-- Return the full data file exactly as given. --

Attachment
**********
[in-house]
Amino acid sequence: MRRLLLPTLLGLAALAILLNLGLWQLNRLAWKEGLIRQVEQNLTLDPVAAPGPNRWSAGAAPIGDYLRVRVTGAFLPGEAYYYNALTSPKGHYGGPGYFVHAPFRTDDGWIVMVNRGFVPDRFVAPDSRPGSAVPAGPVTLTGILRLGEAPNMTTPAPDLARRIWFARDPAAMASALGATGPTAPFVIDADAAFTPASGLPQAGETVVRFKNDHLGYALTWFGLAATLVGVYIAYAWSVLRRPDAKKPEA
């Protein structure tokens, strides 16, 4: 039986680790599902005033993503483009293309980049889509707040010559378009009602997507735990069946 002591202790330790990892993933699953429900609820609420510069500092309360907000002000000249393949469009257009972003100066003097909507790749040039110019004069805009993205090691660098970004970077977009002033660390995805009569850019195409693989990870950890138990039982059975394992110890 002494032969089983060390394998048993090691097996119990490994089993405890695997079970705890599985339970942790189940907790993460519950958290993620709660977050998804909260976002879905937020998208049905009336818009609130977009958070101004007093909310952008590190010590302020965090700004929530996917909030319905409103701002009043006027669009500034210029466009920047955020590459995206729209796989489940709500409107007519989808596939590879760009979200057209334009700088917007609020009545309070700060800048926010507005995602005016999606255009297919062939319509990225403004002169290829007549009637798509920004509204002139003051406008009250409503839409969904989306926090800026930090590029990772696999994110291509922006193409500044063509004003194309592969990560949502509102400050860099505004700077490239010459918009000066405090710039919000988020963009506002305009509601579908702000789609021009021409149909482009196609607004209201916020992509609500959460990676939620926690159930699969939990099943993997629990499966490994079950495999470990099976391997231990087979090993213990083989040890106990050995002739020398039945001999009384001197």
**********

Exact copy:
[in-house]
Amino acid sequence: MRRLLLPTLLGLAALAILLNLGLWQLNRLAWKEGLIRQVEQNLTLDPVAAPGPNRWSAGAAPIGDYLRVRVTGAFLPGEAYYYNALTSPKGHYGGPGYFVHAPFRTDDGWIVMVNRGFVPDRFVAPDSRPGSAVPAGPVTLTGILRLGEAPNMTTPAPDLARRIWFARDPAAMASALGATGPTAPFVIDADAAFTPASGLPQAGETVVRFKNDHLGYALTWFGLAATLVGVYIAYAWSVLRRPDAKKPEA
């Protein structure tokens, strides 16, 4: 039986680790599902005033993503483009293309980049889509707040010559378009009602997507735990069946 002591202790330790990892993933699953429900609820609420510069500092309360907000002000000249393949469009257009972003100066003097909507790749040039110019004069805009993205090691660098970004970077977009002033660390995805009569850019195409693989990870950890138990039982059975394992110890 002494032969089983060390394998048993090691097996119990490994089993405890695997079970705890599985339970942790189940907790993460519950958290993620709660977050998804909260976002879905937020998208049905009336818009609130977009958070101004007093909310952008590190010590302020965090700004929530996917909030319905409103701002009043006027669009500034210029466009920047955020590459995206729209796989489940709500409107007519989808596939590879760009979200057209334009700088917007609020009545309070700060800048926010507005995602005016999606255009297919062939319509990225403004002169290829007549009637798509920004509204002139003051406008009250409503839409969904989306926090800026930090590029990772696999994110291509922006193409500044063509004003194309592969990560949502509102400050860099505004700077490239010459918009000066405090710039919000988020963009506002305009509601579908702000789609021009021409149909482009196609607004209201916020992509609500959460990676939620926690159930699969939990099943993997629990499966490994079950495999470990099976391997231990087979090993213990083989040890106990050995002739020398039945001999009384001197």